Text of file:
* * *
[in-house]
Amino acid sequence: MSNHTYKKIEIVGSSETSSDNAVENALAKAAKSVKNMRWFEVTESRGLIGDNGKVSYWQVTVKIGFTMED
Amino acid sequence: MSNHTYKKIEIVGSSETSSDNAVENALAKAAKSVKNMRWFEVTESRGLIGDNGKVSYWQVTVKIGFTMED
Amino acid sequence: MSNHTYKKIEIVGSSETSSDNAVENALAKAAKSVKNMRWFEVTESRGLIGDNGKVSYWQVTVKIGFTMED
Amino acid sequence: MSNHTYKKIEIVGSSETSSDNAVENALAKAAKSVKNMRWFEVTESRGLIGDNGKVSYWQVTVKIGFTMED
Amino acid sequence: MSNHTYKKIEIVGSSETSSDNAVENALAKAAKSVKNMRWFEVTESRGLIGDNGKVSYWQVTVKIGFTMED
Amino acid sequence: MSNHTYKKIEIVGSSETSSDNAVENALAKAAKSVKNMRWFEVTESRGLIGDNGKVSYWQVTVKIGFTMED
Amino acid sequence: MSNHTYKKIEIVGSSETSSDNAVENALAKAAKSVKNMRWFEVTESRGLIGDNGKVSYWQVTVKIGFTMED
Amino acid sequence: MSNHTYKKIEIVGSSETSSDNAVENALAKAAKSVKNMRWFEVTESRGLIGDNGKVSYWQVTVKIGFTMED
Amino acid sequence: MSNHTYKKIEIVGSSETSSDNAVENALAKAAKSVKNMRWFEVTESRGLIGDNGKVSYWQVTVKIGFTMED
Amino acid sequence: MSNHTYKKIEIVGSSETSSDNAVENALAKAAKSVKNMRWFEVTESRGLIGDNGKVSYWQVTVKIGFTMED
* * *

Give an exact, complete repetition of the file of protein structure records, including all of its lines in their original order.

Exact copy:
[in-house]
Amino acid sequence: MSNHTYKKIEIVGSSETSSDNAVENALAKAAKSVKNMRWFEVTESRGLIGDNGKVSYWQVTVKIGFTMED
Amino acid sequence: MSNHTYKKIEIVGSSETSSDNAVENALAKAAKSVKNMRWFEVTESRGLIGDNGKVSYWQVTVKIGFTMED
Amino acid sequence: MSNHTYKKIEIVGSSETSSDNAVENALAKAAKSVKNMRWFEVTESRGLIGDNGKVSYWQVTVKIGFTMED
Amino acid sequence: MSNHTYKKIEIVGSSETSSDNAVENALAKAAKSVKNMRWFEVTESRGLIGDNGKVSYWQVTVKIGFTMED
Amino acid sequence: MSNHTYKKIEIVGSSETSSDNAVENALAKAAKSVKNMRWFEVTESRGLIGDNGKVSYWQVTVKIGFTMED
Amino acid sequence: MSNHTYKKIEIVGSSETSSDNAVENALAKAAKSVKNMRWFEVTESRGLIGDNGKVSYWQVTVKIGFTMED
Amino acid sequence: MSNHTYKKIEIVGSSETSSDNAVENALAKAAKSVKNMRWFEVTESRGLIGDNGKVSYWQVTVKIGFTMED
Amino acid sequence: MSNHTYKKIEIVGSSETSSDNAVENALAKAAKSVKNMRWFEVTESRGLIGDNGKVSYWQVTVKIGFTMED
Amino acid sequence: MSNHTYKKIEIVGSSETSSDNAVENALAKAAKSVKNMRWFEVTESRGLIGDNGKVSYWQVTVKIGFTMED
Amino acid sequence: MSNHTYKKIEIVGSSETSSDNAVENALAKAAKSVKNMRWFEVTESRGLIGDNGKVSYWQVTVKIGFTMED